Notable features: “Groups” on Telegram hold up to 200 members, “Supergroups” hold up to 200,000 members, and “Channels” allow unlimited subscribers, according to the app’s FAQ.
Discord is a real-time messaging app similar to Slack designed for gaming communities, but the app has also become a place to talk politics and coordinate campaigns — for example, the ‘Unite the Right’ rally in Charlottesville, North Carolina. As such it has come under scrutiny from journalists in recent years as a home for the white nationalists.
In another example of coordination, BuzzFeed News reported in early 2017 that Donald Trump supporters had used the platform to try to influence that year’s French election.
Set-up requirements: You can set up a Discord account with an email address, no phone number required. However: if you are running a VPN that has been flagged as used by troublemakers, Discord may ask to verify your account with your phone number.
Encryption: Discord does not provide end-to-end encryption.
Notable features: Discord is organised into servers. You can find these through Discord’s native search engine, or by searching for short links to discord communities on other sites like Reddit and 4chan.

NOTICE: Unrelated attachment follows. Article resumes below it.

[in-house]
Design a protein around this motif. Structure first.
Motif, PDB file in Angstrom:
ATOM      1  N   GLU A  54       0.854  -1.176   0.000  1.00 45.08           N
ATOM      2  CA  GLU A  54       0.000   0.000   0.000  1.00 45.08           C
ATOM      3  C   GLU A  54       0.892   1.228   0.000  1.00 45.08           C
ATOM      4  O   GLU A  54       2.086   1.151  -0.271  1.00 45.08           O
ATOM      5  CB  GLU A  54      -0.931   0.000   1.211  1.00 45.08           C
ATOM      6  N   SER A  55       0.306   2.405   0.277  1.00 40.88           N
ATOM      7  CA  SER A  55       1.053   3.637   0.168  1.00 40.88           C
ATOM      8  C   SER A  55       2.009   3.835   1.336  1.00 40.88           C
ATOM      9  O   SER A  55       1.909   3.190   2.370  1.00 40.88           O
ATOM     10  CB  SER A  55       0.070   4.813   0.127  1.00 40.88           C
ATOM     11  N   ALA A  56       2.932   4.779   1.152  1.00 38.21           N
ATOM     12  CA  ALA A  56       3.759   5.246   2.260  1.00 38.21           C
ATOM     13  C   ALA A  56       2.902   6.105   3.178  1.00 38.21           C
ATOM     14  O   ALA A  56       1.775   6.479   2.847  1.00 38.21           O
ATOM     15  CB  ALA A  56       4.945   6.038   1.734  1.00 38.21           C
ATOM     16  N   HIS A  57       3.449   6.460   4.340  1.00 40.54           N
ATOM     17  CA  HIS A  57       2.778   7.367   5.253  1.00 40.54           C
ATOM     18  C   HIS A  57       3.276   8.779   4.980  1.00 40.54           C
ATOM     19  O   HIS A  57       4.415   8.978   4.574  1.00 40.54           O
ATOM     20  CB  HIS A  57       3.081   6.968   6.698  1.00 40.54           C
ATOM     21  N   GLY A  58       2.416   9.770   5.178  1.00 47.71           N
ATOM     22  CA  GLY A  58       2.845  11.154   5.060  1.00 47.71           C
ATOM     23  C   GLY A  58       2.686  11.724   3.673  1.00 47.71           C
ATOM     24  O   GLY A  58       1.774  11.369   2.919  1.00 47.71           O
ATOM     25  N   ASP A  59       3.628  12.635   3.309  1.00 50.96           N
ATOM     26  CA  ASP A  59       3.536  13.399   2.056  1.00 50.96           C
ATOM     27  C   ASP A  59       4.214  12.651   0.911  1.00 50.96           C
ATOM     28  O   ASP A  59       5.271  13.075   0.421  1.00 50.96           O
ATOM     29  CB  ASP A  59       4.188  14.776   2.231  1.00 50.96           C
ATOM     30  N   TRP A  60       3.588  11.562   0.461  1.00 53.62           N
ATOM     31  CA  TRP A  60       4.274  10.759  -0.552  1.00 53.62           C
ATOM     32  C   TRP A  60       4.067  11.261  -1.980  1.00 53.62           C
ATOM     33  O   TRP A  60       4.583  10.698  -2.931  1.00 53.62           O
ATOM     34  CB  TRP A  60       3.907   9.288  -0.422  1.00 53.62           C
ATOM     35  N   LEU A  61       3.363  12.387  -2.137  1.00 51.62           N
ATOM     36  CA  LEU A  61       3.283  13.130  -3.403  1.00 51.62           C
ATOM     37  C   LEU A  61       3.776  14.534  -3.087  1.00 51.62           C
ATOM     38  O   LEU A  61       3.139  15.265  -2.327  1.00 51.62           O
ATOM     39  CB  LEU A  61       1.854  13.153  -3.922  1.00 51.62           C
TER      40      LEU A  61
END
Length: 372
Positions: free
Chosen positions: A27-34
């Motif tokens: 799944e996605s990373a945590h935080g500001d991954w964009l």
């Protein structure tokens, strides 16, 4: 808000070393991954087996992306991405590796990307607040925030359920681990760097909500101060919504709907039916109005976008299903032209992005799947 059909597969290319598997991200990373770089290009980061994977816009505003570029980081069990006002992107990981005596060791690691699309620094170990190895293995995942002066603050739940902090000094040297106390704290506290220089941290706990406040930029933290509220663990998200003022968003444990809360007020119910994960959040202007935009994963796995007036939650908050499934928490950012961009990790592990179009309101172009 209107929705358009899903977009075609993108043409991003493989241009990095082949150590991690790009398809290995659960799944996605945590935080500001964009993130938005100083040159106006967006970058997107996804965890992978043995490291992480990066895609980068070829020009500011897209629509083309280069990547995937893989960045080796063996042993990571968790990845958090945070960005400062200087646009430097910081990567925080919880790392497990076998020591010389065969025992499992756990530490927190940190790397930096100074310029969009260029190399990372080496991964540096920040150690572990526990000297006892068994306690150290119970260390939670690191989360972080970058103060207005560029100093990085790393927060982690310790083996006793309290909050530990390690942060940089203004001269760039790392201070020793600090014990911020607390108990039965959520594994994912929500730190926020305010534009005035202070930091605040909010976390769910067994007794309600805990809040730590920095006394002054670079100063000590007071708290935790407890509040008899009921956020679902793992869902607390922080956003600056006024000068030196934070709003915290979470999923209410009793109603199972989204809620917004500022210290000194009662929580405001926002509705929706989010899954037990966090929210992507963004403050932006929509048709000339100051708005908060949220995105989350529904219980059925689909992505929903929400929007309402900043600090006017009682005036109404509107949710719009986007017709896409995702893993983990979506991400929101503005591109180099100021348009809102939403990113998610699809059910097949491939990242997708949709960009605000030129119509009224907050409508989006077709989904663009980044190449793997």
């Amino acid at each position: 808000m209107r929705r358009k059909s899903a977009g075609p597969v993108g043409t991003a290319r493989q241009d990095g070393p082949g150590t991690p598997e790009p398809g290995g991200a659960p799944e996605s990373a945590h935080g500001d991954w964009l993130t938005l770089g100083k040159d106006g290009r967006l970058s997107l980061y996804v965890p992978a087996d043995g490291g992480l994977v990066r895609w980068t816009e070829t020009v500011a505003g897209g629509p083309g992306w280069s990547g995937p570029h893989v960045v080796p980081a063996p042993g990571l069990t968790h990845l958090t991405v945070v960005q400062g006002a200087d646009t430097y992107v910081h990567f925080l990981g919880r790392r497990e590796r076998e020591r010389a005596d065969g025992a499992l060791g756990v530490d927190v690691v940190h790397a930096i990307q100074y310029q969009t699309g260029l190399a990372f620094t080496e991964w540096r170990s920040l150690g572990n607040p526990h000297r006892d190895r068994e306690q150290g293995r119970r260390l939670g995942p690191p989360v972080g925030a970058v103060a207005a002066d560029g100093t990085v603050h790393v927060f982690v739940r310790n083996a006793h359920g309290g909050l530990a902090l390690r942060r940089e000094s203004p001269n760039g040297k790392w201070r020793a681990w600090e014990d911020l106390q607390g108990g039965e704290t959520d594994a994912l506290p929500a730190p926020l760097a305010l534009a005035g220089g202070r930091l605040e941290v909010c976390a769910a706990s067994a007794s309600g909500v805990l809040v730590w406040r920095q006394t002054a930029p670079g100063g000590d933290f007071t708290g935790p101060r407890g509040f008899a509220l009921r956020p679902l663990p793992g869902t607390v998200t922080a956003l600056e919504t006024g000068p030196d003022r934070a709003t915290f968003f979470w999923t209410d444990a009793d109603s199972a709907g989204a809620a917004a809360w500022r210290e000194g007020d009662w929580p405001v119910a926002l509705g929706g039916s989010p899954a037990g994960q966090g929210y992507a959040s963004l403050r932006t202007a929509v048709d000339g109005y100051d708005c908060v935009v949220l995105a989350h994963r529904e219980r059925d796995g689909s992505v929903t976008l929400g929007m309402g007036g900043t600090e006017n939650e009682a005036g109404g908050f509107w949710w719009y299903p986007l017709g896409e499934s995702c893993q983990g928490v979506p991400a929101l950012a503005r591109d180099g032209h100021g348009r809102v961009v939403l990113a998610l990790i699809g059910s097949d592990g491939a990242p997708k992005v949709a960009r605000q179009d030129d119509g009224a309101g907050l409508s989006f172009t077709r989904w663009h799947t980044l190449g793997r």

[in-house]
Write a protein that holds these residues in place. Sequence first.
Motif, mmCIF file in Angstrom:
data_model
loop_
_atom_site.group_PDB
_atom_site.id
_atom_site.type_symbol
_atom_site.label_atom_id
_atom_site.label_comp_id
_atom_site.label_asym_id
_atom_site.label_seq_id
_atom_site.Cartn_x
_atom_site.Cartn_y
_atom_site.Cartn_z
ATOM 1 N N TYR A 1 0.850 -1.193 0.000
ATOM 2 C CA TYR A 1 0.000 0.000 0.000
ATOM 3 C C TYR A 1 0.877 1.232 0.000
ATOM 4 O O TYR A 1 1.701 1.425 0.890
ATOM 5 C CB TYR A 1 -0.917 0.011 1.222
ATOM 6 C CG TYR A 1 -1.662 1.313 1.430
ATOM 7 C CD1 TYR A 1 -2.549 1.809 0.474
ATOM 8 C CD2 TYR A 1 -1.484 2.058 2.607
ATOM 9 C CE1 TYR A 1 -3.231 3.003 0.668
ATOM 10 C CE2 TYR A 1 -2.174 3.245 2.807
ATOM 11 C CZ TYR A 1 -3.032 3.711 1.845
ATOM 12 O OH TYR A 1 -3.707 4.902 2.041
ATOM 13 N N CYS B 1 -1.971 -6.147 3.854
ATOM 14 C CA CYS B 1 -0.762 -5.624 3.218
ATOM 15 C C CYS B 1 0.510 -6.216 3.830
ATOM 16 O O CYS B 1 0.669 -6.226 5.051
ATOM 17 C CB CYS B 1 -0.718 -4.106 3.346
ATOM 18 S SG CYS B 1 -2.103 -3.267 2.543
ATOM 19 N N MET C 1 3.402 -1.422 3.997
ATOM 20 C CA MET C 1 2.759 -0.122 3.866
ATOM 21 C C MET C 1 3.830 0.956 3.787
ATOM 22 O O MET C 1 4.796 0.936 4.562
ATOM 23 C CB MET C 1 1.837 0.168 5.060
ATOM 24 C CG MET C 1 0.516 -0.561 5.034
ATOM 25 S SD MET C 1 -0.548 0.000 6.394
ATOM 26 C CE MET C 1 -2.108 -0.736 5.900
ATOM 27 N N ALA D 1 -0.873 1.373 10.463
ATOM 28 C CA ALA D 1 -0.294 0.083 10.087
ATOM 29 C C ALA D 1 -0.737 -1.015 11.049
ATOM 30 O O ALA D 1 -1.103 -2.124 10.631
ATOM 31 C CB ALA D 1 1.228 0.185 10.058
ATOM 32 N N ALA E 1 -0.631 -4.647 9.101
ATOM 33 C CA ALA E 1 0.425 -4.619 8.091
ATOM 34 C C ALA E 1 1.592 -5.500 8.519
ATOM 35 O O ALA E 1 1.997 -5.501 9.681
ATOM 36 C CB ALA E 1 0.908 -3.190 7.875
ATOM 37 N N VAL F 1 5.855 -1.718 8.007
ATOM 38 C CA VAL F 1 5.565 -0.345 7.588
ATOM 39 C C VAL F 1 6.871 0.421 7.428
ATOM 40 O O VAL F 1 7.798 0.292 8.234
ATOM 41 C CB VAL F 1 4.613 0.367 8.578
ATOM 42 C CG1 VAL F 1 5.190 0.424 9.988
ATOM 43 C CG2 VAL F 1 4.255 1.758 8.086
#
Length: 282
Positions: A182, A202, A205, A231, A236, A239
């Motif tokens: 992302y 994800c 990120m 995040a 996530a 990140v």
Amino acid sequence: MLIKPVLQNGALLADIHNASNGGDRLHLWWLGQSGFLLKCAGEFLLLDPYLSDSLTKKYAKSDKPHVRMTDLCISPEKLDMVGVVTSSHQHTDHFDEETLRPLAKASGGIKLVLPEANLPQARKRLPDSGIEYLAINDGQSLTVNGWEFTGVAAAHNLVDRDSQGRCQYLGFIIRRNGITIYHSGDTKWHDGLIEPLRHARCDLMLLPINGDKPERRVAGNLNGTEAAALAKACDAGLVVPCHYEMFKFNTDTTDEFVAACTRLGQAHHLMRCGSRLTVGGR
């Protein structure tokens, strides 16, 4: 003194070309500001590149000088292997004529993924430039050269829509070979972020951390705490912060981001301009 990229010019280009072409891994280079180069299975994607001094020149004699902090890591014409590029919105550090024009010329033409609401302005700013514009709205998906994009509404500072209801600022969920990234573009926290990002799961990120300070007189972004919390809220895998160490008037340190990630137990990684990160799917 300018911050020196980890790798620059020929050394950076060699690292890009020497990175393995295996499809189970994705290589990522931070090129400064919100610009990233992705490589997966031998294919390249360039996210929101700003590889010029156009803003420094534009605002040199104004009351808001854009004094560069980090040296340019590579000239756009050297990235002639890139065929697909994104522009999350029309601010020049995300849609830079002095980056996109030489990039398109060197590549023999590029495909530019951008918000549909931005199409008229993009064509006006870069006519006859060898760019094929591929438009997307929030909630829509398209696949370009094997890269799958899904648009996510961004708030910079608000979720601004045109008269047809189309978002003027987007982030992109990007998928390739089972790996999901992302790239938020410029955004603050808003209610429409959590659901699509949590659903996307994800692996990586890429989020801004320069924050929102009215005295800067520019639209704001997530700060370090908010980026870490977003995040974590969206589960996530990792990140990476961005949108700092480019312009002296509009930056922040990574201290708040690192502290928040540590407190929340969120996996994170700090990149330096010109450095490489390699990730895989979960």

Some servers are open and anyone can join; others ask you to prove your identity through vetting questions or by asking you to link to other digital profiles.
Owned by Chinese company Tencent, WeChat has over 1 billion users worldwide. Although its biggest market resides in China, it is also an important service for Chinese diaspora communities, who rely on WeChat’s broad suite of functionalities — everything from personal finance to networking — to connect with family, news, and culture while abroad.
Set-up requirements: Phone numbers are required for setup but can be removed later. There are two general types of registration on the platform: domestic and international. Those who register using their domestic identity in China are able to post more information compared to international subscriptions.
Encryption: WeChat does not provide end-to-end encryption.
Notable features: The app has a wide host of services outside of messaging that allow users to pay restaurant bills, share taxis, geo-locate friends, search for articles, and order lattes.
Signal is one of the most secure messaging apps on the market, and one of the most recommended by security professionals. If you are looking for a secure app to protect yourself and your sources, this is our top recommendation.
Set-up: Signal requires a working phone-number, but only for registration. Like WhatsApp, you can use a Google Voice number or even a landline to receive a verification code for set-up, and after that you’re good to go.
Encryption: Signal provides end-to-end encryption, plus the option for messages to self-destruct after a set period of time.
Notable features: Open source, doesn’t store user data.
Anne Kruger also contributed to this report.
Find out more about closed messaging groups, as well as online ads and Facebook groups in our recent Essential Guide.